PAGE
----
A YEAR AGO THIS WEEK, just two days before being shot by a deranged assailant in her district, Arizona Representative Gabrielle Giffords introduced legislation to cut congressional salaries by 5 percent, from $174,000 to $165,300.
Needless to say, the bill didn't become law -- the last time the House and Senate actually trimmed their members' pay was during the Great Depression. Yet there are few things Congress could do that would be more certain to win public esteem. In a national poll commissioned last month by The Hill, a Washington newspaper, 67 percent of voters said lawmakers should be paid less. With Congress's approval rating barely above single digits, and with so many Americans feeling the sting of a weak economy, you might think support for a modest one-time pay cut would be a no brainer -- especially since congressional pay has been hiked 10 times since 1998.
Yet legislation to curb Congress's outlandish pay and perks rarely gets far on Capitol Hill. The relatively few members willing to make noise about the issue are not rewarded with the love of their colleagues. Former Senator Russ Feingold of Wisconsin once told me he got "the coldest stares" whenever he introduced legislation to block congressional pay hikes from kicking in automatically. Sometimes his colleagues would try to change his mind, Feingold said. "They tell me about their kids' tuition. Or they say, 'Don't you think you're worth more money?'" He would respond that if they thought they deserved an increase, they should be willing to openly vote for one.
Feingold left Congress last year, but other lawmakers have taken up the cause. Representative Mike Coffman of Colorado -- who is as conservative a Republican as Feingold was a liberal Democrat -- last month introduced a bill that would ban "stealth" pay hikes by preventing any congressional pay raise from taking effect unless members of Congress first cast a recorded vote. Another Coffman bill would cut congressional salaries by 10 percent.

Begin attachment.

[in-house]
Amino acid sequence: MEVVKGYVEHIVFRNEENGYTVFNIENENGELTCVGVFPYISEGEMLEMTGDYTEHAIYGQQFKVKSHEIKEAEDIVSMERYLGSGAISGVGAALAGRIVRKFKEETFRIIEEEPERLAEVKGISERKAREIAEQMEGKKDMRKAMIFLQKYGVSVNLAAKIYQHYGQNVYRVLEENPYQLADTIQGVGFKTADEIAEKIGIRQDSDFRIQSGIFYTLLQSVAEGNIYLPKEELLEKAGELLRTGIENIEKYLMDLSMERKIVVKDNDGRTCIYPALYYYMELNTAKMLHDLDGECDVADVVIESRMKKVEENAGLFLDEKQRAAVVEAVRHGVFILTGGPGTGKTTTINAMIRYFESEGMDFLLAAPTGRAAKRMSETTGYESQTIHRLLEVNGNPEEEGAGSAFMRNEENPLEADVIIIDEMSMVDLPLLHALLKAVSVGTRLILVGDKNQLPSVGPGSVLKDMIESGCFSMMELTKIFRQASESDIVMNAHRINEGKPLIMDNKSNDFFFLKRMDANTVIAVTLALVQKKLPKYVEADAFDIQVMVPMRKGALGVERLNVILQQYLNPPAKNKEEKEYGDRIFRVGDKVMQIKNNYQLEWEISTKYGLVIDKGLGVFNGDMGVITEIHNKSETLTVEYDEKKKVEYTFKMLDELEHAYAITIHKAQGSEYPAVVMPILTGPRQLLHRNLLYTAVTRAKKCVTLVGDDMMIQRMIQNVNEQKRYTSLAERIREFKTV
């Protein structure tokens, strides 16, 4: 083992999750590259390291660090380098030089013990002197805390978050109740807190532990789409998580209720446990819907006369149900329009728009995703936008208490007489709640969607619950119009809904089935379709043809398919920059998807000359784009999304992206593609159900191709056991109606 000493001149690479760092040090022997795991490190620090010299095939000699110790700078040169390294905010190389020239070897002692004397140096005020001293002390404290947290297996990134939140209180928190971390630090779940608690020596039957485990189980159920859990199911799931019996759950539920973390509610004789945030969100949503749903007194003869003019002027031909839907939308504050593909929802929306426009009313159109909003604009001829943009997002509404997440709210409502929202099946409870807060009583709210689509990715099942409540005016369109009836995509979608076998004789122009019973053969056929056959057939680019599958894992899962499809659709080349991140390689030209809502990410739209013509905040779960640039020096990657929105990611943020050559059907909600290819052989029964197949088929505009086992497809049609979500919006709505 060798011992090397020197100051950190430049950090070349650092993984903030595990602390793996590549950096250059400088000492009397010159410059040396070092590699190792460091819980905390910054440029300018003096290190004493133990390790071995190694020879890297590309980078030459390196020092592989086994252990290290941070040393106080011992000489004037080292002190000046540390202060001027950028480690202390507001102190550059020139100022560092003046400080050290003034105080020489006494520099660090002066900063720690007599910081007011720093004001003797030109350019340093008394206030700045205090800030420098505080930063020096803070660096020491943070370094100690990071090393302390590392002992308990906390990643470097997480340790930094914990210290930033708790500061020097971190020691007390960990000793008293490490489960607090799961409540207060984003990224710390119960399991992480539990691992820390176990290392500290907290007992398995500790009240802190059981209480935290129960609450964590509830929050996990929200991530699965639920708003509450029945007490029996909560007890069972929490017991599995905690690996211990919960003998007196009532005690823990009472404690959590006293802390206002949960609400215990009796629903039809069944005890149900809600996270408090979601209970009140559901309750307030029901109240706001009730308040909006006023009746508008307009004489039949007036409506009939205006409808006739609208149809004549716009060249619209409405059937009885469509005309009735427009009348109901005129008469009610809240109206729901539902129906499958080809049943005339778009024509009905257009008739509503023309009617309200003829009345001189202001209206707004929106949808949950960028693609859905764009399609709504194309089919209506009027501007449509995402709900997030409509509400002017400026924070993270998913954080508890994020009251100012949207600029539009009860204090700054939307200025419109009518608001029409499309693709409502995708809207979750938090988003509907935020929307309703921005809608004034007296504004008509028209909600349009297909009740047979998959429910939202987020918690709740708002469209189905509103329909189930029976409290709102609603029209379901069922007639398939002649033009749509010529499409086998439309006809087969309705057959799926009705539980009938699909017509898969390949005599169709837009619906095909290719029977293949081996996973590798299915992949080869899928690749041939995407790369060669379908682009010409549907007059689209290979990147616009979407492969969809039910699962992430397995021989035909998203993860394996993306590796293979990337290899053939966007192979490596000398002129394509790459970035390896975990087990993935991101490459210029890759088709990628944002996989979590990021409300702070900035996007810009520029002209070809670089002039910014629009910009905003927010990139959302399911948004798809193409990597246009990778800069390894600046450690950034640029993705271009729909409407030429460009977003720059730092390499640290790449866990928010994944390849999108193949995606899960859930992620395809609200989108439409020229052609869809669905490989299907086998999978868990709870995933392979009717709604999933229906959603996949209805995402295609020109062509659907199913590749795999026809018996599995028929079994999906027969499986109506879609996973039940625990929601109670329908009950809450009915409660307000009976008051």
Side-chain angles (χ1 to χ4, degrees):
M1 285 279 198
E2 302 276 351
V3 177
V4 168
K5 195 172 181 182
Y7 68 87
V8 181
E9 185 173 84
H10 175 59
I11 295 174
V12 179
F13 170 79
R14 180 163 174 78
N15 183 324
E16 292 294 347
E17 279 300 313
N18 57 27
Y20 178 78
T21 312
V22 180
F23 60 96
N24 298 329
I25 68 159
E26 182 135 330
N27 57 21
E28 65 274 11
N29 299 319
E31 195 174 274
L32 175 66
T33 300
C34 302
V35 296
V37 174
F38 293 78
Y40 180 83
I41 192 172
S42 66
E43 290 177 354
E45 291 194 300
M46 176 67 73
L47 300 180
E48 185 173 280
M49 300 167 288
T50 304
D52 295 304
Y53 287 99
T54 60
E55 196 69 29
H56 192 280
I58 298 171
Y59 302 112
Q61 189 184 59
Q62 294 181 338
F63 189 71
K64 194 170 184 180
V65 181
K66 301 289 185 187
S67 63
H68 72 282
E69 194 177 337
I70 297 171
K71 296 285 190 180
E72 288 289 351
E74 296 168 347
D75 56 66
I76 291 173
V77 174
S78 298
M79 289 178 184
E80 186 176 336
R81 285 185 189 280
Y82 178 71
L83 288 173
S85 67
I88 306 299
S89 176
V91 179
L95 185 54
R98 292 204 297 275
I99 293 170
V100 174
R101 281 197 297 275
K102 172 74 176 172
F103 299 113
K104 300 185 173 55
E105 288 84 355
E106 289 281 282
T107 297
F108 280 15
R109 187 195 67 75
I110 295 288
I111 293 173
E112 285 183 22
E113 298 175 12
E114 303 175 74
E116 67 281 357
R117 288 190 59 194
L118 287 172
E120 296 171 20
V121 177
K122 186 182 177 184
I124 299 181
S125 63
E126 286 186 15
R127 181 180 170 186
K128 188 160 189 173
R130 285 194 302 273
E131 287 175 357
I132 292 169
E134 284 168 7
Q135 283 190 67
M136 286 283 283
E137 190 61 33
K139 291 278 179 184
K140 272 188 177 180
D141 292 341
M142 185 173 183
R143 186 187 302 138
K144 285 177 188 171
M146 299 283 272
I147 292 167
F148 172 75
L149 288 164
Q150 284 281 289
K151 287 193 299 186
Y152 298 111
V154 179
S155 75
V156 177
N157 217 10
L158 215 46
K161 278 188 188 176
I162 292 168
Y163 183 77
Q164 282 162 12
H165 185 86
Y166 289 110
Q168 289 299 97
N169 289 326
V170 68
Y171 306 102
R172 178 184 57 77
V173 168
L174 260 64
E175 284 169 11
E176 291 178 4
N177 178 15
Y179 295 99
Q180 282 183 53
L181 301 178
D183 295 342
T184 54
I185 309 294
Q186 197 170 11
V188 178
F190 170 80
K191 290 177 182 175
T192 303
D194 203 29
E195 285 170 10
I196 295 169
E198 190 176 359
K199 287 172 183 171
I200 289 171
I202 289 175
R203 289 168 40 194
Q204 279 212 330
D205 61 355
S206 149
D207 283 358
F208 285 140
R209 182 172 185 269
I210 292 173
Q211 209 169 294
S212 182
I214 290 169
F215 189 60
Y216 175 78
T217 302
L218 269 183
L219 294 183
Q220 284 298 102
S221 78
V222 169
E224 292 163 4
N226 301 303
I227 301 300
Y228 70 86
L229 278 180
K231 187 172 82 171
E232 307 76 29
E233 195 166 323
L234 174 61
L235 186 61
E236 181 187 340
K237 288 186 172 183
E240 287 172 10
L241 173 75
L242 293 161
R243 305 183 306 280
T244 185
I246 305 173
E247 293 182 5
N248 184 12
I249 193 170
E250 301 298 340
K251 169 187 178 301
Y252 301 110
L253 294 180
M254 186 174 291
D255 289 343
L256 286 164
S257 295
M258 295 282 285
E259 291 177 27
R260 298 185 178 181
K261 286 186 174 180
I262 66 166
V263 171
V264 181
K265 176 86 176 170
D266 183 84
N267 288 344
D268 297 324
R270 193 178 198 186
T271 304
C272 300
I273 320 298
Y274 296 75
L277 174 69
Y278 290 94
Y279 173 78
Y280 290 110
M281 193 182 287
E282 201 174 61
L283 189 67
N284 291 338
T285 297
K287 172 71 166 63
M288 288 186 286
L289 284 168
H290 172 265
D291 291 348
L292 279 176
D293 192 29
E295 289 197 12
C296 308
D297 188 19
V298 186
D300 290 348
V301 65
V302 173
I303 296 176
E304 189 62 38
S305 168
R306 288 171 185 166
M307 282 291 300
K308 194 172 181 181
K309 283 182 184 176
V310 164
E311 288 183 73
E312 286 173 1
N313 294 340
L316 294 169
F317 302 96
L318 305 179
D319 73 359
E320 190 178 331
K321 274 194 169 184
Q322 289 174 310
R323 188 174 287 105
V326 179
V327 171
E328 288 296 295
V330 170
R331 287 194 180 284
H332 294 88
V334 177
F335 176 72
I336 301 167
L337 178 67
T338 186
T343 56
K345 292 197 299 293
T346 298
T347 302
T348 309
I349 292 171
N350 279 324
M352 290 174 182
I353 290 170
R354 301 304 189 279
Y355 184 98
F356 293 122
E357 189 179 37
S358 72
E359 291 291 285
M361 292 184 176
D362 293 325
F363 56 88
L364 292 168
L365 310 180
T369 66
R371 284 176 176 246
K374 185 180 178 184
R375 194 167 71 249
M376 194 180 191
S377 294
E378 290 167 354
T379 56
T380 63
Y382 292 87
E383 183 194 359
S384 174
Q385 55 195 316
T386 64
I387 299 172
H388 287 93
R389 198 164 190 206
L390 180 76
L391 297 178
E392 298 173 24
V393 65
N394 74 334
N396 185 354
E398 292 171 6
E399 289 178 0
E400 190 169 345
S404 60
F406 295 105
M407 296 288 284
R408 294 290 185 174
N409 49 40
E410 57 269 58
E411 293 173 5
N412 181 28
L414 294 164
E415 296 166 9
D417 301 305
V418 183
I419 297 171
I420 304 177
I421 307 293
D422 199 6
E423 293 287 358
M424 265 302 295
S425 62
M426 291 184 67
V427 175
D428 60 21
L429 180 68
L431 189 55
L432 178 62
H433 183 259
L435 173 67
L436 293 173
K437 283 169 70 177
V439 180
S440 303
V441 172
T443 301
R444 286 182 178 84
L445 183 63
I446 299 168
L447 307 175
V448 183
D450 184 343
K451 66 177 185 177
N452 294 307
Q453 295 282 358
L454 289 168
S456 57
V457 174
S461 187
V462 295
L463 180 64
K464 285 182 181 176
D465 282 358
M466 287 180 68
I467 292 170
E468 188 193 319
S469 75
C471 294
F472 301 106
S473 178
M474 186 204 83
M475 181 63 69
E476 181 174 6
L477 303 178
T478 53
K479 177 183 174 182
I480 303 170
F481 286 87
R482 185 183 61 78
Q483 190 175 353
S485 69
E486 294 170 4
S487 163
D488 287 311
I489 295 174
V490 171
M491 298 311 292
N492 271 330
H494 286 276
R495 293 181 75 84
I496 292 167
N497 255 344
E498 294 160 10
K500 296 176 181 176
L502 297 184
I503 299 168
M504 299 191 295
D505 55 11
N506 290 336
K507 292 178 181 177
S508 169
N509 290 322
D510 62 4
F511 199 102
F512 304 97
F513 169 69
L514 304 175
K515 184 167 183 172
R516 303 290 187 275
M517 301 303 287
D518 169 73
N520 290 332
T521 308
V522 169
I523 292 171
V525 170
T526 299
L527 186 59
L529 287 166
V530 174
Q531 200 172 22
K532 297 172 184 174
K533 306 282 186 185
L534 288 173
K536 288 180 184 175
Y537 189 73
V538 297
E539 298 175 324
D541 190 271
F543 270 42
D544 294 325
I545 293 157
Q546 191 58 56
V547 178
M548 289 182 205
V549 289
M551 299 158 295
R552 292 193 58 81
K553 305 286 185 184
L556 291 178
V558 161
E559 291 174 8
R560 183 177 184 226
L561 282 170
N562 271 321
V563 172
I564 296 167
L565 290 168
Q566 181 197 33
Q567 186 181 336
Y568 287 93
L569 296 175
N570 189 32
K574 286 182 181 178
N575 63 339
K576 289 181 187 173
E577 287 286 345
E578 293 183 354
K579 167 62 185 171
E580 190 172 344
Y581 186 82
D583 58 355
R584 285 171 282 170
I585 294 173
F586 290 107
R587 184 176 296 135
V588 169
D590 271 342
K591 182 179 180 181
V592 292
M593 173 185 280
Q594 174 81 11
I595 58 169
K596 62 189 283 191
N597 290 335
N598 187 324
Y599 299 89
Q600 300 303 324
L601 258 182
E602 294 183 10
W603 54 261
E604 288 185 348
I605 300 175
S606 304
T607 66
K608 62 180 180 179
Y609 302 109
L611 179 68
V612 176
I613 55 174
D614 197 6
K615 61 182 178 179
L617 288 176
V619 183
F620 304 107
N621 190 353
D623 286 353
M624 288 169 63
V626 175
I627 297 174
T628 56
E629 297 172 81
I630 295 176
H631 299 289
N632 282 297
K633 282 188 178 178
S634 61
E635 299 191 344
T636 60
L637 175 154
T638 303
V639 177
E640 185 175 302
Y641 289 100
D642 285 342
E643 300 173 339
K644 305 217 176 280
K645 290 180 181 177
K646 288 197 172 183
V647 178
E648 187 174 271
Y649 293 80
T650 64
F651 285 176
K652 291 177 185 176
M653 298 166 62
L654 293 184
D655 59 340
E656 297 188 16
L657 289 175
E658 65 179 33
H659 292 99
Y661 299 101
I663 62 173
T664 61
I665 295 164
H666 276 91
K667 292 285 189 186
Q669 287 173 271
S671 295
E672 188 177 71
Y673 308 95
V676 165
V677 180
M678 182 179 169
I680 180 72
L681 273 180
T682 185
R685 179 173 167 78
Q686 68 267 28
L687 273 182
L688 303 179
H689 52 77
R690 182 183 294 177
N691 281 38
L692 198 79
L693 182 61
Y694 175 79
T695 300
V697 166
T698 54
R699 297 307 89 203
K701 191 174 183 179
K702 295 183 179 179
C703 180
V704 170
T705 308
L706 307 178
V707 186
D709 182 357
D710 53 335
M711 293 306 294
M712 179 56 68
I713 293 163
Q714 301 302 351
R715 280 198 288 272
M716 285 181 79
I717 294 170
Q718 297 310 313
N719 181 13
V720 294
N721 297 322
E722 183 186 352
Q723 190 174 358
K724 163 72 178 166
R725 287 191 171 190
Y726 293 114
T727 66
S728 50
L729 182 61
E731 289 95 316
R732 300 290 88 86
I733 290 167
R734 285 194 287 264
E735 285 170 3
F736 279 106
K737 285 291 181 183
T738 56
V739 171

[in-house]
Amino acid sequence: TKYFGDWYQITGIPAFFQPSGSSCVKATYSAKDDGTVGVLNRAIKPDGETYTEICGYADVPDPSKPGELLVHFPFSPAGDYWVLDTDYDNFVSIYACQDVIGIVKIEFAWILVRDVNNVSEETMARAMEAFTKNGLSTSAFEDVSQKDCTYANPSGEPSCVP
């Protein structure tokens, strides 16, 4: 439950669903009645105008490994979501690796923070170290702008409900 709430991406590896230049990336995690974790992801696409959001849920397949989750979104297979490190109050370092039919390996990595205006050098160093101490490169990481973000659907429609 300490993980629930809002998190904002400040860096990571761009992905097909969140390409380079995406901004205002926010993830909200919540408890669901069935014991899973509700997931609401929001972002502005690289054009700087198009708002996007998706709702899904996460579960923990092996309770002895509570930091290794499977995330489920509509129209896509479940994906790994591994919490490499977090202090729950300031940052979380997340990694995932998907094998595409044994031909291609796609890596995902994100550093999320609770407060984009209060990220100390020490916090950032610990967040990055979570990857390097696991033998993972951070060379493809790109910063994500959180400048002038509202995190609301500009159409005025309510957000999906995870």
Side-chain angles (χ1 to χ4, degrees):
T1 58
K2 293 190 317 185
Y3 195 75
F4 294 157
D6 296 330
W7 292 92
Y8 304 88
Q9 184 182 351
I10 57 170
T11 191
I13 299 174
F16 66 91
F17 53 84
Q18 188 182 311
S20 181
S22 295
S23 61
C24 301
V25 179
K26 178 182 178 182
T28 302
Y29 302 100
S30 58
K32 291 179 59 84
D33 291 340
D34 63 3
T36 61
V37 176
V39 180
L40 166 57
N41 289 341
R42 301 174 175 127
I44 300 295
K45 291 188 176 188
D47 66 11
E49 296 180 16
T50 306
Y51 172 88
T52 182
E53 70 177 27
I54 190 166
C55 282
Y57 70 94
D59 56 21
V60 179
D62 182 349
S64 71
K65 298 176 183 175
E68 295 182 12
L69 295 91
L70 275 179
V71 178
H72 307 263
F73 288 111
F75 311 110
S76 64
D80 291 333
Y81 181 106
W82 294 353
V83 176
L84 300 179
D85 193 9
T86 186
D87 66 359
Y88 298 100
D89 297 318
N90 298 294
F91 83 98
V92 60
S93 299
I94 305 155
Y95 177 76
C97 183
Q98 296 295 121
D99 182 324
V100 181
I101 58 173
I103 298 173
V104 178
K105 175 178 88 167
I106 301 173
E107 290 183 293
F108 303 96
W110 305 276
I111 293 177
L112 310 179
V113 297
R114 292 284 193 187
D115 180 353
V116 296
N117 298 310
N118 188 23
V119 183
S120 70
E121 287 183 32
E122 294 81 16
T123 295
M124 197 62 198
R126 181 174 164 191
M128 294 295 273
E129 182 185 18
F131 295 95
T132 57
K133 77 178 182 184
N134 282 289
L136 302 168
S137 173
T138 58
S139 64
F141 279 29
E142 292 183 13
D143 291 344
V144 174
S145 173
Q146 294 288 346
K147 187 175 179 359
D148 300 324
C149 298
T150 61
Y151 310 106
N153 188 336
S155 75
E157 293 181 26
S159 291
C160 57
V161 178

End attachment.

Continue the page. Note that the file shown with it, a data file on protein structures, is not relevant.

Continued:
Coffman's top priority for reforming Congress, however, is H.R.2913, which would end the gold-plated congressional pension plan enjoyed by members of Congress. Of all the ways in which members of Congress reward themselves, none is as lucrative as their defined-benefit pensions, a perk more lavish than anything most private-sector workers will ever see.
Under the current system, senators and representatives can collect an annual pension worth 1.7 percent of their present salary for every year they serve in Congress up to 20 years, plus an additional 1 percent for each year beyond that. With congressional pay now at $174,000, a member of Congress who retires after just six years can thus look forward to receiving more than $17,700 a year for life beginning at age 62. (That doesn't include the generous cost-of-living adjustments -- another benefit unavailable to most private-sector retirees.) A 20-year congressional veteran would collect more than $59,000 a year -- and the payments begin at age 50. For members elected before 1984, there is an even more generous setup.
And how much of their salary do incumbent senators and representatives contribute to this sumptuous pension plan? A puny 1.3 percent. (They also participate in Social Security, and are eligible for a 401(k)-style plan, neither of which would be affected by Coffman's bill.)
US Rep. Mike Coffman: "To say that Congress is somehow immune to sacrifice is just wrong."
It's a mighty nice deal if you can get it -- between twice and three times as munificent as pensions offered to similarly-salaried workers in the corporate world, according to the National Taxpayers Union. For the most part, mere mortals like us -- who are, of course, paying for Congress's lifestyle with our taxes -- can only gape from the sidelines.
A veteran of both the Army and the Marine Corps, Coffman says his military training instilled in him a fundamental leadership principle: Never order someone else to do something you would not be prepared to do yourself. "For us to navigate out of this economic crisis that we're in," he told me yesterday, "we're going to have to make tough decisions that will affect other people's pay and benefits. To say that Congress is somehow immune to sacrifice is just wrong."
So far Coffman has rounded up 15 cosponsors for his pension bill, with new ones joining at about one per week. He expected to have more backing from colleagues who ran as fiscal conservatives, but he is confident that public pressure will bring them around.
Congress must set an example, he says, and ending its rich pensions is the way to set it. "Either incumbents sign on, or they're going to be giving their opponents some serious leverage."
(Jeff Jacoby is a columnist for The Boston Globe).
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